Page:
According to Human Rights Watch, there have been 63 “credible” reports of deaths since the start of the protests, which is higher than the 45 deaths reported by the Colombian Ministry of Defense. The majority of the dead have been gunned down with live ammunition by the National Police, the Mobile Anti-Disturbance Squadron (ESMAD) and fascistic paramilitary forces who work in concert with the security forces.

Many thousands have been injured. One favored tactic of the security forces has been aiming “nonlethal” projectiles at the faces of protesters, often causing severe injuries, including blindness*.* The NGO Temblores reports at least 46 protesters with eye mutilations as of May 20.

In addition, at least 22 women have reported being sexually assaulted at the hands of the police. In the city of Popayán, a 17-year-old girl committed suicide after she denounced the ESMAD officials, who had detained her, of sexual assault. This triggered angry protests and the burning down of the local police jail.

The bourgeois press in Colombia has imposed an unofficial blackout on the protests to cover up the crimes of the state. The government has also taken to cutting off power and internet access to targeted areas, allowing their forces to move in and commit atrocities under cover of darkness.

The bloody details of the repression have nevertheless been captured on hundreds of cellphone videos that have been uploaded to social media. One video uploaded to Twitter shows a block of working-class homes going up in flames, apparently after police fired tear gas canisters into the buildings. In another instance, police fired tear gas into a hospital.

The ruling capitalist oligarchy is seeking to defend its wealth and privileges at any cost. The vicious repression meted out by the state, on the one hand, and the desperate anger fueling the protests, on the other, reflect the enormous social tensions that exist within this deeply unequal country, in which 42.5 percent of the population live below the poverty line.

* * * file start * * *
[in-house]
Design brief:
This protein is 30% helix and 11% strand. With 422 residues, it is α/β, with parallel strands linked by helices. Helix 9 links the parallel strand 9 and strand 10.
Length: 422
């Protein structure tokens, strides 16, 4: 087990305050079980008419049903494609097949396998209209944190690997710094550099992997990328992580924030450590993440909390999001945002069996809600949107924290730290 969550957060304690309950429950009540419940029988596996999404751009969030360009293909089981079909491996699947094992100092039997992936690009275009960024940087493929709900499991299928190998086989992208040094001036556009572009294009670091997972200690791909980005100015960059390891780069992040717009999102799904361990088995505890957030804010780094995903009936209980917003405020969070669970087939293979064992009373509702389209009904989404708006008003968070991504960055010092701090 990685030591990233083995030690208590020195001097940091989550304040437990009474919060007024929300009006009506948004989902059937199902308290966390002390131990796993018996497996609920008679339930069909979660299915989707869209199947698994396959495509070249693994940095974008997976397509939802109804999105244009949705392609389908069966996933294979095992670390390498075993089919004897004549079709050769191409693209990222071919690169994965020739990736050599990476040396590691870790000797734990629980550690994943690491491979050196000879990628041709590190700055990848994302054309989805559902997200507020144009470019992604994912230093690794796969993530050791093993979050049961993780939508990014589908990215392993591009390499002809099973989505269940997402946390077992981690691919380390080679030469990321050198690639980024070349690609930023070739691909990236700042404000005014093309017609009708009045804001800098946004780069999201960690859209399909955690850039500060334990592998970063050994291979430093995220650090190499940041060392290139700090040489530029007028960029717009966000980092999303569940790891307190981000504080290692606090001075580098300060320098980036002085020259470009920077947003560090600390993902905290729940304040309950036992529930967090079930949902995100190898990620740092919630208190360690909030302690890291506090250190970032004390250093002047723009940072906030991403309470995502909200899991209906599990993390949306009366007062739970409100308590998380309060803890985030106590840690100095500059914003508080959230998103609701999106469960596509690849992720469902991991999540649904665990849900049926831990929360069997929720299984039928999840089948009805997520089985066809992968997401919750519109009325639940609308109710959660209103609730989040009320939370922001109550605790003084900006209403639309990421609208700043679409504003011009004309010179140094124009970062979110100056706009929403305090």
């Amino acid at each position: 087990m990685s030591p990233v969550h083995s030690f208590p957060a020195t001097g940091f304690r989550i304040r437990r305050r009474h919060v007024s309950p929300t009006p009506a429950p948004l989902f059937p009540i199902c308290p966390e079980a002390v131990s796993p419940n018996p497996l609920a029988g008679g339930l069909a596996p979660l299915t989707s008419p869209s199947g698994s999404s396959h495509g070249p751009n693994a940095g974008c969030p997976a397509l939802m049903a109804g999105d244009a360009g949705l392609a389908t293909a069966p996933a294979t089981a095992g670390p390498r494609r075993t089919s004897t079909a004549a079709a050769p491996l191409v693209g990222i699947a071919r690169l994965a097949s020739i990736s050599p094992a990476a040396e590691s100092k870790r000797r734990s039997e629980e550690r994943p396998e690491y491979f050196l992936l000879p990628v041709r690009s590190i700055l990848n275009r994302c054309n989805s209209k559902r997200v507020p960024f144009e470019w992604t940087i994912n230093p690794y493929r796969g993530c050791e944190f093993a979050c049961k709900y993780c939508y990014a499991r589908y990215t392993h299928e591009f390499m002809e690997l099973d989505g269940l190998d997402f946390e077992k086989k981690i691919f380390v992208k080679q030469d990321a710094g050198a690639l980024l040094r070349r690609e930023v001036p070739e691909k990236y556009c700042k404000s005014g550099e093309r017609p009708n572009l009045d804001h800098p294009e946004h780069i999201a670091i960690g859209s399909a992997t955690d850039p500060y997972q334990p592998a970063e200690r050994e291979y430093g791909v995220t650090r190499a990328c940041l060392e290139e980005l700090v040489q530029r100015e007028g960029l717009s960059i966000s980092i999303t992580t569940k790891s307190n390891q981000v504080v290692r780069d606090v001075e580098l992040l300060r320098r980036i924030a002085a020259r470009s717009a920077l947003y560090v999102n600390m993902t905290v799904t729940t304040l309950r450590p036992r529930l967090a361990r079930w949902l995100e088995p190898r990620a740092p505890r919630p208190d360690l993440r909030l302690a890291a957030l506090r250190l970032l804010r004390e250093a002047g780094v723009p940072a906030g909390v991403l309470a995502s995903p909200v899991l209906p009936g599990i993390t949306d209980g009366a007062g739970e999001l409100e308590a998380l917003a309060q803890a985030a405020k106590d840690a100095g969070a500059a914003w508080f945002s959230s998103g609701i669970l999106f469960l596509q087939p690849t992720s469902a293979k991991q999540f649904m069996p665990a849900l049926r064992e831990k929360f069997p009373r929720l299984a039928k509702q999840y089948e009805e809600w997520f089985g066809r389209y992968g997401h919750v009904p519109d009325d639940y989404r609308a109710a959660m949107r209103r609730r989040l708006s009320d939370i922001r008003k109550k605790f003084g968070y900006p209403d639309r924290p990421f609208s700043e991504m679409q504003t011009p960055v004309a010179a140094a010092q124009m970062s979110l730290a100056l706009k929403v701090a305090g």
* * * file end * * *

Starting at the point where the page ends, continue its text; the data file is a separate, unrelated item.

VICE interviewed a doctor who runs a makeshift clinic in Cali that provides medical aid to protesters wounded by police. In reference to the Cali youths who have formed defensive groups to confront the police, known as the Front Line, he said, “The people putting themselves on the line are the people who have nothing. They feel that since they already have nothing, there’s nothing they can take away from them.”

One of these Front Line youths told VICE, “We’re young people who removed our blindfolds and can now see the truth. We’re sick of the lack of opportunity, of the inequality, of this society of rich people that sees us as delinquents because we rebelled and decided to act against this situation.”

The heroic determination of the Colombian workers and youth in the face of deadly state repression stands in stark contrast to the duplicity and cowardice of those claiming to represent them. The major trade unions and the pseudo-left organizations, organized in a “National Strike Committee,” have been involved in talks with the Duque regime in an effort to bring an end to the protests. The Catholic Church and the UN are also involved.

The National Strike Committee’s demands have focused on reformist measures such as the dismantling of the ESMAD, greater opportunities for students and a basic income. This promotion of illusions in half-measures is meant to distract workers from the irreconcilable class conflict that lies at the heart of Colombian capitalism. The Committee has also carefully avoided mobilizing workers in key industries, thereby deliberately isolating the protest movement.

By their actions, the trade unions and the pseudo-left—representing sections of the affluent middle class—whatever their rhetoric, demonstrate that they serve as auxiliaries of the Colombian state in protecting the interests of the oligarchy and its US imperialist sponsors.